If the soma encodes spikes, it should have the highest ability of firing spikes in response to inputs, like a principle that sinoatrial node in the highest rate controls heart beat. Figure 2C shows input-output curves at the soma (red symbols, n = 27) and axonal segments in 10~30 μm (axon hillock; blue, n = 15) and >30 μm (green, n = 12) away from the soma i.e., a decreasing trend in the ability of firing spikes from the soma to the axon. This result indicates that the soma is more sensitive to long-time signals and dominantly produces spikes. The physiological in vivo signals induce sequential spikes primarily at the soma of cortical pyramidal neurons.
Latencies between somatic spikes and axonal ones favor a somatic origin of spike initiation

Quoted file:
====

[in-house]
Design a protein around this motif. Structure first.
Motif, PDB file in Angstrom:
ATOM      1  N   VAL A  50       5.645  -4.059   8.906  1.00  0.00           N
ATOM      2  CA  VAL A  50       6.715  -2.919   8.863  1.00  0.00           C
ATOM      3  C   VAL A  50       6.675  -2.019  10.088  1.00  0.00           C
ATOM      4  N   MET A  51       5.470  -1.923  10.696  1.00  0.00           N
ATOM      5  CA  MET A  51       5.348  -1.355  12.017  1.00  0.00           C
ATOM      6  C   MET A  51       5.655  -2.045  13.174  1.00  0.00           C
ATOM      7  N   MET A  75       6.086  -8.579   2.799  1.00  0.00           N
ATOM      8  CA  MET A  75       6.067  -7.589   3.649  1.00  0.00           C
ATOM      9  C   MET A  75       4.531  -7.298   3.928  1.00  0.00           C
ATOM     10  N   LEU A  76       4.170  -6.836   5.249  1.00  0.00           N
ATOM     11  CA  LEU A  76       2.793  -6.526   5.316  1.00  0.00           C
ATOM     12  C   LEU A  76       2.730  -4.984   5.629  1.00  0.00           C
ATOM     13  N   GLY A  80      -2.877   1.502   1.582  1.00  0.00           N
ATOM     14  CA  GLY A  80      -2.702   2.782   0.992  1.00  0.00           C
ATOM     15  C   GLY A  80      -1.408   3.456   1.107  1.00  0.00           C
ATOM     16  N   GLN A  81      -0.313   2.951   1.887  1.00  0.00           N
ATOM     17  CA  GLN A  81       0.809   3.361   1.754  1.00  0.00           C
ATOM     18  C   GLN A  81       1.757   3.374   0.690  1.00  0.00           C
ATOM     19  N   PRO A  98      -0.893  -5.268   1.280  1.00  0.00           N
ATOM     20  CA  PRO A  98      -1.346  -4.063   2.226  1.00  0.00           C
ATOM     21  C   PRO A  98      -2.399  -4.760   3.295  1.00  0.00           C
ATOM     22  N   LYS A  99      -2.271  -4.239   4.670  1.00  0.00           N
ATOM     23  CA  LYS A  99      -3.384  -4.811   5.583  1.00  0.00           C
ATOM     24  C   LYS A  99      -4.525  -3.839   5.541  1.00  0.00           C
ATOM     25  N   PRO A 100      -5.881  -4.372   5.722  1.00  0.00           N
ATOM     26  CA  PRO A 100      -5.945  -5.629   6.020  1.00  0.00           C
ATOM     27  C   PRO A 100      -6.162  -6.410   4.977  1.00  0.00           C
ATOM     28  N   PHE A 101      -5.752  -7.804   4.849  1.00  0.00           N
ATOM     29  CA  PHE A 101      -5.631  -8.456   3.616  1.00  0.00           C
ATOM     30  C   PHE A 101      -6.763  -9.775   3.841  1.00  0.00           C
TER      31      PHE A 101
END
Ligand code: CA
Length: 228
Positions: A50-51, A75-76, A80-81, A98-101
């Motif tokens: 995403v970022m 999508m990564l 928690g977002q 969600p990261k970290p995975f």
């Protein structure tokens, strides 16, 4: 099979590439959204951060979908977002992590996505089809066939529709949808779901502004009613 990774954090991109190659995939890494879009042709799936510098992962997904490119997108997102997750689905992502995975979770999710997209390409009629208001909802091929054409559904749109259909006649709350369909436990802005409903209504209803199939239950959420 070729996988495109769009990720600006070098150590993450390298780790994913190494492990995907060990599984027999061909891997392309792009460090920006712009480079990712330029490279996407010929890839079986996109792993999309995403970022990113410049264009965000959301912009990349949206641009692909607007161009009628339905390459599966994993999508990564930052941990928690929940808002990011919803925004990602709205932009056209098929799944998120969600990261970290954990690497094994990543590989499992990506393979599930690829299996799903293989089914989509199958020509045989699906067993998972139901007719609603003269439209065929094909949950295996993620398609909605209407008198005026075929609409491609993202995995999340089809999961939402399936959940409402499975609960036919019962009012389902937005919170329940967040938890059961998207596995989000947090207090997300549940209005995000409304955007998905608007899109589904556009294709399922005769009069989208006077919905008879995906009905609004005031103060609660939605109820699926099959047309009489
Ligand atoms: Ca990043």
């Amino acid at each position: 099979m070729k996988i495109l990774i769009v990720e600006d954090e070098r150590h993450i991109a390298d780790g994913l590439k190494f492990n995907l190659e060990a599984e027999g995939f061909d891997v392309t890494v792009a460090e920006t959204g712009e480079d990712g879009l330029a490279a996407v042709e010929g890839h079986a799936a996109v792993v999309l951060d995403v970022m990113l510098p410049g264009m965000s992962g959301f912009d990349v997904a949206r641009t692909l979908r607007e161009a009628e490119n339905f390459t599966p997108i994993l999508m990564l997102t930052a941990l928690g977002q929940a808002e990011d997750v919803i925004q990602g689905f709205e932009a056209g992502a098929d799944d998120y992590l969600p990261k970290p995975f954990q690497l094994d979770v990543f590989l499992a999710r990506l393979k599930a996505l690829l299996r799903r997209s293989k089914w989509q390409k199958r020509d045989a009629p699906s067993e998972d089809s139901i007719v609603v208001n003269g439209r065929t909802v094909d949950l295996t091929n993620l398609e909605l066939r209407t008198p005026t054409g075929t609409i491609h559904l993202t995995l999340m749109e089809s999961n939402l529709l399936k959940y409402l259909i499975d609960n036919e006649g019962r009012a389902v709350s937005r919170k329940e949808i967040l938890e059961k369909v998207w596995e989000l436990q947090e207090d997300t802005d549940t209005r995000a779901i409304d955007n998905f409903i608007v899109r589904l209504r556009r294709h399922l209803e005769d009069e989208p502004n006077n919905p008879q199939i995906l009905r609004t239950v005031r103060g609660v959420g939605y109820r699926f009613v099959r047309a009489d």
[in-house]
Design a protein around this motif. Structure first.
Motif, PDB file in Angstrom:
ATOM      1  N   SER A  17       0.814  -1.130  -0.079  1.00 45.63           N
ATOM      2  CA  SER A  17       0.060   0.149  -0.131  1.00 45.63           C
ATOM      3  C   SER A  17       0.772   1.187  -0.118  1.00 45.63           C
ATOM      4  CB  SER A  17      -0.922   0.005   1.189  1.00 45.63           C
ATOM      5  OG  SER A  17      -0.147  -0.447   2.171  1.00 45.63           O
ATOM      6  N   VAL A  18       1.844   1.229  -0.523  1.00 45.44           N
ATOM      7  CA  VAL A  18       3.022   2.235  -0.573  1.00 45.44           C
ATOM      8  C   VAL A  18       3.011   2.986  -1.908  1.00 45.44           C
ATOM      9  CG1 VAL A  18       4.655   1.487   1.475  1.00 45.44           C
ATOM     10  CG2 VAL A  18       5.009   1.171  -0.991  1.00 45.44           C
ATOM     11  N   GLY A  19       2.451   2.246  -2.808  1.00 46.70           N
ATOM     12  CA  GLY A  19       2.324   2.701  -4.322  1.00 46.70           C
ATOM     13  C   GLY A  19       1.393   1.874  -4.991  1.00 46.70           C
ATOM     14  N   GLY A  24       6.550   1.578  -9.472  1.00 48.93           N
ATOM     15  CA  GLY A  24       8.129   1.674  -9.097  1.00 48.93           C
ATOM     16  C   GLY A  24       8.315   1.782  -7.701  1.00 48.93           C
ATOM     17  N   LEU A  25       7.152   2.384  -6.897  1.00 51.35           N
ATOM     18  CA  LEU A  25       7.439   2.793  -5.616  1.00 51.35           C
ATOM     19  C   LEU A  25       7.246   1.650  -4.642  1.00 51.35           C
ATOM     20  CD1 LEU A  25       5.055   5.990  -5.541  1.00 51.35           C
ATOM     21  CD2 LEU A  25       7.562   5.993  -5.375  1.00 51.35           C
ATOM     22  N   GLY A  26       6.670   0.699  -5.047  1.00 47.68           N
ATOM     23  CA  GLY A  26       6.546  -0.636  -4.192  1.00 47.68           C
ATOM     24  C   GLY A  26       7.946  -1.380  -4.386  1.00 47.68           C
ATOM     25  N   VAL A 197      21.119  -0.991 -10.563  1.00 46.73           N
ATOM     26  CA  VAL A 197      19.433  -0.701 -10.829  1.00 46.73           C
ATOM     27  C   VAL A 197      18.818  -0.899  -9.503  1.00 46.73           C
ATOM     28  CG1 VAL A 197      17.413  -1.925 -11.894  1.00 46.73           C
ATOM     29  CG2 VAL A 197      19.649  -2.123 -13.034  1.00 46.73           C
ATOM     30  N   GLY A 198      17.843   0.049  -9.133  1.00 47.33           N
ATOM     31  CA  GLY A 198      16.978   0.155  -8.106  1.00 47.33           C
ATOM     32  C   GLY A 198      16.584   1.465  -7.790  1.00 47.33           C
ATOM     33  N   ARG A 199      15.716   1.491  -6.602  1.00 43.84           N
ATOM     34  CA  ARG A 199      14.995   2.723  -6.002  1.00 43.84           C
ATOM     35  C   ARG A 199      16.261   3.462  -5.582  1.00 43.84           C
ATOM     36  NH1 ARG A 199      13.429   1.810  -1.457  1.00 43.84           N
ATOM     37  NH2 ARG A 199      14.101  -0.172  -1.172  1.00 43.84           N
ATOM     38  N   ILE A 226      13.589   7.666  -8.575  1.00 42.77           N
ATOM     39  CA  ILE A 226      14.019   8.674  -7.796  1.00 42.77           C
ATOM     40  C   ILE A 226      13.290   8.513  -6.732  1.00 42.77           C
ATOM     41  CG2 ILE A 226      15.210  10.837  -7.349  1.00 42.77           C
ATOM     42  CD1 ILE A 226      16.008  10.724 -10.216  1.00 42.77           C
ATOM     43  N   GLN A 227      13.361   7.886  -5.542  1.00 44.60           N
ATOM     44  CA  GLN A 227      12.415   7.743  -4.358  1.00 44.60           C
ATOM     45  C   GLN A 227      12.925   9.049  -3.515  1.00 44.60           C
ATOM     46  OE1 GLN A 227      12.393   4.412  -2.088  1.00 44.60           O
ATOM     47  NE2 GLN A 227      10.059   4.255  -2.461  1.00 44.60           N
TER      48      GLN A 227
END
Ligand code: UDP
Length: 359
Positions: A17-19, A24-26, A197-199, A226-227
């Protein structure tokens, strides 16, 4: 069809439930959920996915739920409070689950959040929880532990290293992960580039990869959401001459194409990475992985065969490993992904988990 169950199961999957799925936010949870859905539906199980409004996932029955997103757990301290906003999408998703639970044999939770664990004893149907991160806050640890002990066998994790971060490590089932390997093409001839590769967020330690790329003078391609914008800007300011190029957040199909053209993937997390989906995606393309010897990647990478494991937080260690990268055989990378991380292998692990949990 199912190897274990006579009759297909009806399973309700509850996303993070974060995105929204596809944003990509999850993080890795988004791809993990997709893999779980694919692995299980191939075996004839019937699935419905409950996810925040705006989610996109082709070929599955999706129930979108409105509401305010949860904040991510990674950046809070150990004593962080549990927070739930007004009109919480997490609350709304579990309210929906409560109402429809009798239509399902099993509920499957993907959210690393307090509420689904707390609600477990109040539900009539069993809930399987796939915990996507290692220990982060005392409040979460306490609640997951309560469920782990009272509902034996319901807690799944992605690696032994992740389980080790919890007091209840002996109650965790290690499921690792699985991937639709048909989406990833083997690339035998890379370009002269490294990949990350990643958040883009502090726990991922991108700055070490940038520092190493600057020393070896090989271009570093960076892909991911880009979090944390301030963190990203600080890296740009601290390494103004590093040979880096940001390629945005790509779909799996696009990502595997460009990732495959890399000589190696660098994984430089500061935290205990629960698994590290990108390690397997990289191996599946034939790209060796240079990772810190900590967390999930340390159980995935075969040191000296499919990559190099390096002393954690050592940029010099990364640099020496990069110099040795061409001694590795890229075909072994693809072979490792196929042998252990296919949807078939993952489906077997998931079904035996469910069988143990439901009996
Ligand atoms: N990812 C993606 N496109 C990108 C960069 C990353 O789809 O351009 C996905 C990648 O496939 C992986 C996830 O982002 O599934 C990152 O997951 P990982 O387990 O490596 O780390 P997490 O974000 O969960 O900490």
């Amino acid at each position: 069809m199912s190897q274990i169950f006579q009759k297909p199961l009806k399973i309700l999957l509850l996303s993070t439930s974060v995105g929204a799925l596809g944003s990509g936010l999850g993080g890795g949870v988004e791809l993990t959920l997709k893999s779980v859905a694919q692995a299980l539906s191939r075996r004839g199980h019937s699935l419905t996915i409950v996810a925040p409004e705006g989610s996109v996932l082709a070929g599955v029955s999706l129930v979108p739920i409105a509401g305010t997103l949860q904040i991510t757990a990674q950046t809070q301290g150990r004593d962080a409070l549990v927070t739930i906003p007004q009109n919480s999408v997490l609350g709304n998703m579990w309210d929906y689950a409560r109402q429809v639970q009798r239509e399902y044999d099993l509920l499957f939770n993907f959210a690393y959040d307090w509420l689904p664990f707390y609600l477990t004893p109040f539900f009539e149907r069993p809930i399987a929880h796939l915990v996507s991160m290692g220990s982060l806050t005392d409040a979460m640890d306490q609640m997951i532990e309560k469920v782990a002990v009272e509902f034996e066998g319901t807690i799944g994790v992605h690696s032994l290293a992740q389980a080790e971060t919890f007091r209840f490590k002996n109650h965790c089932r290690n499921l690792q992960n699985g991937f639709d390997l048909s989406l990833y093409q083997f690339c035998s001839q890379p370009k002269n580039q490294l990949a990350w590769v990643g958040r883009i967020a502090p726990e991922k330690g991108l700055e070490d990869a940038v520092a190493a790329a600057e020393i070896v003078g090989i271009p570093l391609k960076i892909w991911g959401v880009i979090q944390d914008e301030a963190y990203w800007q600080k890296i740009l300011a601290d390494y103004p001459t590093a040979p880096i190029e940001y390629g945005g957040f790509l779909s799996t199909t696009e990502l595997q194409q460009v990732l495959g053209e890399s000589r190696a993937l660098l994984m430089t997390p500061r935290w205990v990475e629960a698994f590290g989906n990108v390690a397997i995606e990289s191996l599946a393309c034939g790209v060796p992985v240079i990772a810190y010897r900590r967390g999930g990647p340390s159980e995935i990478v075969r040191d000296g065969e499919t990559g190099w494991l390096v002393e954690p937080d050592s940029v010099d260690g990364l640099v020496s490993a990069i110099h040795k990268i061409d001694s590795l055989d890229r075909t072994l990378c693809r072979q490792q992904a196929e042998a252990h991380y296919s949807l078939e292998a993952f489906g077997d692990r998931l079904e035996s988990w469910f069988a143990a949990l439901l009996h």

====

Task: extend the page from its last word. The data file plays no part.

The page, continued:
The initiation of spikes was defined at a time point of minimal dv/dt but larger than zero (Figure 3A~B and Methods). Latencies between somatic spikes and axonal ones (ΔT) were calculated. Figure 3C shows that ΔT values for spikes 1~3 are -2.5 ± 87, -311 ± 226.5 and -471 ± 215.8 μs (n = 20), respectively. In spite of big variation for ΔT values, sequential spikes recorded at the soma appear ahead of those at the axon.
It is noteworthy that we validated the approach used to localize the time point of spike initiation in Figure 3A~B. If the time point of minimal dv/dt is a good measurement to locate spike onset mediated by voltage-gated sodium channels (VGSC), it should be associated with spikes, and the manipulation of VGSCs should affect this point and spikes proportionally. In other words, if VGSCs are partially blocked, we should see the proportional changes of its time phases with spike amplitudes, as well as observe the presence of this point and the spikes with a loss of the initiation sites that were previously defined [20–24].